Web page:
FRED MEYER GROWS NATURAL/ORGANIC OFFERING

PORTLAND, Ore. -- Consumer trends will come and go, but demand for natural and organic foods will continue to increase. Retailers and manufacturers need to respond to that demand, a Fred Meyer executive told an industry forum last week."Those who enhance purchase opportunities and grow natural foods will reap the rewards of customers' loyalty," Nancy Moon-Ellis, vice president and merchandiser for

PORTLAND, Ore. -- Consumer trends will come and go, but demand for natural and organic foods will continue to increase. Retailers and manufacturers need to respond to that demand, a Fred Meyer executive told an industry forum last week.

"Those who enhance purchase opportunities and grow natural foods will reap the rewards of customers' loyalty," Nancy Moon-Ellis, vice president and merchandiser for the Natural Choice sections at Fred Meyer Inc. here, told the leadership session of the Network of Executive Women.

As far as natural and organic foods are concerned, "it's a new day," Moon-Ellis said, with a growing number of mainstream retailers beginning to increase their offerings of natural foods. Yet, Fred Meyer has been at it for more than 30 years, she pointed out.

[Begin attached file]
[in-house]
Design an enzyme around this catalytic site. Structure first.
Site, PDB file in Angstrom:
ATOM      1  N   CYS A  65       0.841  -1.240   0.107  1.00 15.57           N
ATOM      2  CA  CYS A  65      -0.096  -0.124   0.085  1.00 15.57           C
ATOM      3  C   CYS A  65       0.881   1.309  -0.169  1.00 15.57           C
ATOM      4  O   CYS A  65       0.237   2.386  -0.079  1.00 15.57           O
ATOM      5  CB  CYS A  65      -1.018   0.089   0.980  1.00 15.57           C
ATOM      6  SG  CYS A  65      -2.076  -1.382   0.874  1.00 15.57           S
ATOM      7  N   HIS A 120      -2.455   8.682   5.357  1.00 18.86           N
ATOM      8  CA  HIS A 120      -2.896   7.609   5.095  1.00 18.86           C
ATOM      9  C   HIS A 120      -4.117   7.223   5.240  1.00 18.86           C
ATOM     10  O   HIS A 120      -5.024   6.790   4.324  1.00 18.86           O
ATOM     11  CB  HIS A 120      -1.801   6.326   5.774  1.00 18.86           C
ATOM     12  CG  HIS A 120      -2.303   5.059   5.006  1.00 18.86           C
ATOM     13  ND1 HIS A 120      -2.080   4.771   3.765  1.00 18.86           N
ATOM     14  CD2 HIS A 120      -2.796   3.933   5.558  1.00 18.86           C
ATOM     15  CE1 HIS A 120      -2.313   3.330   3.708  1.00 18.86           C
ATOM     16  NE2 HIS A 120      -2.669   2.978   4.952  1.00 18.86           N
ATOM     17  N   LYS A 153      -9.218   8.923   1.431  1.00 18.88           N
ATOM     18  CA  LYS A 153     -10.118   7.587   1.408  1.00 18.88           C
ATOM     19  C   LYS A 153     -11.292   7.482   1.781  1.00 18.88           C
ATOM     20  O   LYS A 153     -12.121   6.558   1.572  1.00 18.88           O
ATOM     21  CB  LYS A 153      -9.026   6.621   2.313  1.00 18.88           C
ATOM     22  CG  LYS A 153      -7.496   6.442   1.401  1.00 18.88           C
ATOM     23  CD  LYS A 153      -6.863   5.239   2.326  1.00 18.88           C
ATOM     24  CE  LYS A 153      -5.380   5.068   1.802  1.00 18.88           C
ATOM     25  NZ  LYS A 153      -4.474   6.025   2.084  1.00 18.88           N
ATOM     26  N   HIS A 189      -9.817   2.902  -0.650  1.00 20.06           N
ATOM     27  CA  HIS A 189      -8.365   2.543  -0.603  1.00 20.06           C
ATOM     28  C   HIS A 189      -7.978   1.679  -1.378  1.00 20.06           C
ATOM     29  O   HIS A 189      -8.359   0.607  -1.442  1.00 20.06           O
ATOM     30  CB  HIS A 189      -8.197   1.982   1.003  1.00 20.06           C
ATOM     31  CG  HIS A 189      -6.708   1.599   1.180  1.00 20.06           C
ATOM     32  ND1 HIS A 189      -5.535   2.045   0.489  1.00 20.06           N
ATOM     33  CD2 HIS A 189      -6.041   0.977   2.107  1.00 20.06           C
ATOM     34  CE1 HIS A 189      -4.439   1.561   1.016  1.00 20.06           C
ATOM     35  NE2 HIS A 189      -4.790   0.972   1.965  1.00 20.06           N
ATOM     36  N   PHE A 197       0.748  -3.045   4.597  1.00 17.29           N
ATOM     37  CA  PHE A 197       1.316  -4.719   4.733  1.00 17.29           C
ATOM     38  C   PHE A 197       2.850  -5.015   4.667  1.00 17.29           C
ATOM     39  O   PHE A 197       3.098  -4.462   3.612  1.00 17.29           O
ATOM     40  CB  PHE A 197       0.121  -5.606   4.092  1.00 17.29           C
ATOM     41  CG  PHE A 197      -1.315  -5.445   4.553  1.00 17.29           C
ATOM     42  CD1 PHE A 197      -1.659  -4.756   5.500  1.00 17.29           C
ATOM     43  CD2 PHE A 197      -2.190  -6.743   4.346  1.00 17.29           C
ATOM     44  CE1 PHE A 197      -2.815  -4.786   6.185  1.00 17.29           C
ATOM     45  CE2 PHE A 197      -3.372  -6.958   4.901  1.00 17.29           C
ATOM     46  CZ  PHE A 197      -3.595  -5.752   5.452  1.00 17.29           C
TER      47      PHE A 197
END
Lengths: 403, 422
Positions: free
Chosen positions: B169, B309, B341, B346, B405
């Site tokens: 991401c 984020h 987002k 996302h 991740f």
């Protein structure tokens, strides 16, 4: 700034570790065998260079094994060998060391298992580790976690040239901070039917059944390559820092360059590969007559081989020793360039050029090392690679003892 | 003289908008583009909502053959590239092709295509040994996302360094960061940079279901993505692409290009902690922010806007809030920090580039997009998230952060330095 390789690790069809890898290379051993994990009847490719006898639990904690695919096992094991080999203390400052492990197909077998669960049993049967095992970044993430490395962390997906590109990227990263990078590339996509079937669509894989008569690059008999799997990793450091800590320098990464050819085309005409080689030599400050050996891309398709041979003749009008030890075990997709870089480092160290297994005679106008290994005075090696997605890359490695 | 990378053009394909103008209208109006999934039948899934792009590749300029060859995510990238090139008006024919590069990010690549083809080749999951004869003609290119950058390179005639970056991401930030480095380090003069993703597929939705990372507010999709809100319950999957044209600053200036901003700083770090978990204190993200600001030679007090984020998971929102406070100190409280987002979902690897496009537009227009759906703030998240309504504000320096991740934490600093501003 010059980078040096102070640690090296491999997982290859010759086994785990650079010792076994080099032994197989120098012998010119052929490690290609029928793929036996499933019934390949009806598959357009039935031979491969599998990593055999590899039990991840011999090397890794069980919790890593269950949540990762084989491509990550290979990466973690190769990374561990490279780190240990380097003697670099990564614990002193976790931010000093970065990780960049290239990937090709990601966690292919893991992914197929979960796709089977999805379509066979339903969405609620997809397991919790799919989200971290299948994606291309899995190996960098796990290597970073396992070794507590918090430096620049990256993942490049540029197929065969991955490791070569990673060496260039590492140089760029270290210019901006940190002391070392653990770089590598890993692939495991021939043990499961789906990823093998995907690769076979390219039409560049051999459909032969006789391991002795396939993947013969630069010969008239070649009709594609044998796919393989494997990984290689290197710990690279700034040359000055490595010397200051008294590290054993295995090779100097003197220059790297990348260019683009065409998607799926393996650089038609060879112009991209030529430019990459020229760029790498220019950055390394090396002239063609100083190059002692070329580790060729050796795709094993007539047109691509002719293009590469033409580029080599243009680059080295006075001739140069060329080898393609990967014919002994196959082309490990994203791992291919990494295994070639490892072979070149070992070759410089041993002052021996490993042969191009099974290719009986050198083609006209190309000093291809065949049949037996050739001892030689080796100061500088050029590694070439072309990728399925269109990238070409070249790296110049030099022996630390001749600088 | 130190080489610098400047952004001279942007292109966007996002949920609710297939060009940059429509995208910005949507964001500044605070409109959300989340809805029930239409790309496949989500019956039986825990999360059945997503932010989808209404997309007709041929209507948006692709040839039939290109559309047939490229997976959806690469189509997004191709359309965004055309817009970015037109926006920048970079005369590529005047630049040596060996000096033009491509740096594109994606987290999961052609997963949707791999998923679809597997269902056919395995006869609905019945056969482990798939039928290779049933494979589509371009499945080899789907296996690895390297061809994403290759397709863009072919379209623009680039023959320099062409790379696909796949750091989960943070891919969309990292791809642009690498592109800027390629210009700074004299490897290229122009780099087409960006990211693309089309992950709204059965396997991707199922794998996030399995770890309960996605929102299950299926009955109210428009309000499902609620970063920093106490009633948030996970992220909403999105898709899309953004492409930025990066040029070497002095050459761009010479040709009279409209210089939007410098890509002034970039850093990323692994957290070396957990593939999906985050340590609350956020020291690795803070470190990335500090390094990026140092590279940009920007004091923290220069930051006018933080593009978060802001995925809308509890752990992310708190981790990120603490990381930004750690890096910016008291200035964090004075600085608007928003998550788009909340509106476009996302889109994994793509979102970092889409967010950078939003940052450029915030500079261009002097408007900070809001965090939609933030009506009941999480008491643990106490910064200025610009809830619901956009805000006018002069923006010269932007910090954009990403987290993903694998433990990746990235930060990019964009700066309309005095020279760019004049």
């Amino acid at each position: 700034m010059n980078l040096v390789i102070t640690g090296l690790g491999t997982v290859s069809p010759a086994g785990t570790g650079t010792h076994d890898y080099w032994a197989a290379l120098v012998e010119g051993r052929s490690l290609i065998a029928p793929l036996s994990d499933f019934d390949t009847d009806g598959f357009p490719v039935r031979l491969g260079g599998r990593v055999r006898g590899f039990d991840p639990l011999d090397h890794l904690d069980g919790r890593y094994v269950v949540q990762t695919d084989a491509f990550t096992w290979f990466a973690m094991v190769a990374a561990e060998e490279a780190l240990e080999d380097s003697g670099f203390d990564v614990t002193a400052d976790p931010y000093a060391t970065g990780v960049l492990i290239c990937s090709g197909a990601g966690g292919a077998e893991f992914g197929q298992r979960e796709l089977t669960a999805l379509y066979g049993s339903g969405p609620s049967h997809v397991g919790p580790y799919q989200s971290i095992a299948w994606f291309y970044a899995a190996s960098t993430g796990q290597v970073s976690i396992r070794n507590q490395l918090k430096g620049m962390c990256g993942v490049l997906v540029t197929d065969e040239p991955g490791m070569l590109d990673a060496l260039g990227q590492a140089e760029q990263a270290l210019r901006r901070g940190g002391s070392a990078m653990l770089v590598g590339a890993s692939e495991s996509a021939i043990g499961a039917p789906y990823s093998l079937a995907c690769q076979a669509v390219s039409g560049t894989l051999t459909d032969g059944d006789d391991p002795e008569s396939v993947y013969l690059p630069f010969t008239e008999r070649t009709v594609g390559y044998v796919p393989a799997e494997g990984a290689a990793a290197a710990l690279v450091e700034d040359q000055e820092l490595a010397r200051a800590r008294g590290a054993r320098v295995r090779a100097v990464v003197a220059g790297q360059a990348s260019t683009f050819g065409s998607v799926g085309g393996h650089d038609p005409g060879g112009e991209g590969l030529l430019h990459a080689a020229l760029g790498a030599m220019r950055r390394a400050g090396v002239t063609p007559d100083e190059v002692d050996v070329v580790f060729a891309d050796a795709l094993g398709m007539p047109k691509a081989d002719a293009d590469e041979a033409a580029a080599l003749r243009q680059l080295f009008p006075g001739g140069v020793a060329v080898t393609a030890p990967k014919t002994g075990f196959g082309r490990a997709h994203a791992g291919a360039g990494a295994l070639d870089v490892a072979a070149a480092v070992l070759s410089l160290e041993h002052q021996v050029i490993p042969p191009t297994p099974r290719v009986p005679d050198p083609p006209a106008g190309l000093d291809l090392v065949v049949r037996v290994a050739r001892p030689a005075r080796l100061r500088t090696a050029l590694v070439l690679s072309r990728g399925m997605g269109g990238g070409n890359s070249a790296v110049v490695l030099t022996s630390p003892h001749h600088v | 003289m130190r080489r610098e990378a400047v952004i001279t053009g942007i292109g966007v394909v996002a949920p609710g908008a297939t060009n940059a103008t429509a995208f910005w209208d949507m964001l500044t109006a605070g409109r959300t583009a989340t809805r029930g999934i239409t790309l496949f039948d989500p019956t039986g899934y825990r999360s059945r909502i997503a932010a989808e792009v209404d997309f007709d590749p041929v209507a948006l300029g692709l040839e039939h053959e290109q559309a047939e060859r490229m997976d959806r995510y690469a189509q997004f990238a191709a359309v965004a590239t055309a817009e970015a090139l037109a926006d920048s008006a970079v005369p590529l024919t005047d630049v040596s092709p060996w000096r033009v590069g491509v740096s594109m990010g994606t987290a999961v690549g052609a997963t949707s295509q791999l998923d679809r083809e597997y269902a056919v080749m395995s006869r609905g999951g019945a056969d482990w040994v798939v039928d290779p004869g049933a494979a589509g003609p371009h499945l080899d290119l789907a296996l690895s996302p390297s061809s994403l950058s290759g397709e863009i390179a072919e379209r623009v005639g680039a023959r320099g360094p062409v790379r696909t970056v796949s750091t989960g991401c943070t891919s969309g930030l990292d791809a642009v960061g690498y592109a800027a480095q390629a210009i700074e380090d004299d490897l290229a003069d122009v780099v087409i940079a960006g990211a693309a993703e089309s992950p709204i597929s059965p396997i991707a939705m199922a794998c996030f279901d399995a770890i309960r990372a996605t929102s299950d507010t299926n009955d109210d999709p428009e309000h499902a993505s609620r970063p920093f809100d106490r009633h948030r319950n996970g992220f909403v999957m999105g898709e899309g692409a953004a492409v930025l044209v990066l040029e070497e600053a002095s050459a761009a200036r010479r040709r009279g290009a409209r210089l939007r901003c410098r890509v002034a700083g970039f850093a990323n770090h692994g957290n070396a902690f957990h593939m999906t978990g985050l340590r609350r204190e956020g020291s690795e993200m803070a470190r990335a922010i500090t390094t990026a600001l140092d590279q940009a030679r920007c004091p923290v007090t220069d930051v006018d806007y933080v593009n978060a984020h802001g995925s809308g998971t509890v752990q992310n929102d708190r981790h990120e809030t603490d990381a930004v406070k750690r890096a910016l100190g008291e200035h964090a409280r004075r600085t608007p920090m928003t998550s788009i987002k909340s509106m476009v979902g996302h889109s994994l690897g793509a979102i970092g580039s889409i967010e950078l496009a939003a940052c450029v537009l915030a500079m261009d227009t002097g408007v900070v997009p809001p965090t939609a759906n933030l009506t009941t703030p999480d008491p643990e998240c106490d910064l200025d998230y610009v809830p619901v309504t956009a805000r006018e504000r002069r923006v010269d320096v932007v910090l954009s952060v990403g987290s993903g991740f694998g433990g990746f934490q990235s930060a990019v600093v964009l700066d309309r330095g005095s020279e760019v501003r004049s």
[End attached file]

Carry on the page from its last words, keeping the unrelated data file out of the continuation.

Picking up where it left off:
Fred Meyer has Natural Choice departments at 133 stores in five states, offering 5,000 stockkeeping units in just 2,000 square feet, she said. The departments are experiencing "record sales growth," she noted, although she was not specific.

Three years ago, the chain began developing a signature line of 100% natural and mostly organic items called Naturally Preferred, "and sales have been impressive," she said, "and we expect that growth to continue throughout the Kroger chain." Fred Meyer is a division of Cincinnati-based Kroger Co.

In March, Fred Meyer rolled out a magazine called Naturally Preferred containing information and coupons; it is available free to customers, she added.

The Natural Choice departments are very responsive to customer requests, Moon-Ellis said, by offering coral calcium, gluten-free products and low-carb foods, including a line of specially developed breads and ice cream.

Moon-Ellis said the departments are stocked with service personnel who go through educational training and work with vendors to develop their knowledge base. Although some companies are cutting back on service personnel in stores, Fred Meyer believes such staff is vital in natural-food sections "because customers expect employees to be on hand to guide them through the department," she said.

Fred Meyer stores also offer Healthnotes, a computer-based information system available to customers and store staff, to access information on more than 650 health topics, she said.

In her talk, Moon-Ellis cited a variety of industry statistics attesting to the strength of natural and organic foods, with sales increasing from just $1 billion in 1990 to $11 billion in 2002, and expected to rise to $20 billion by 2005.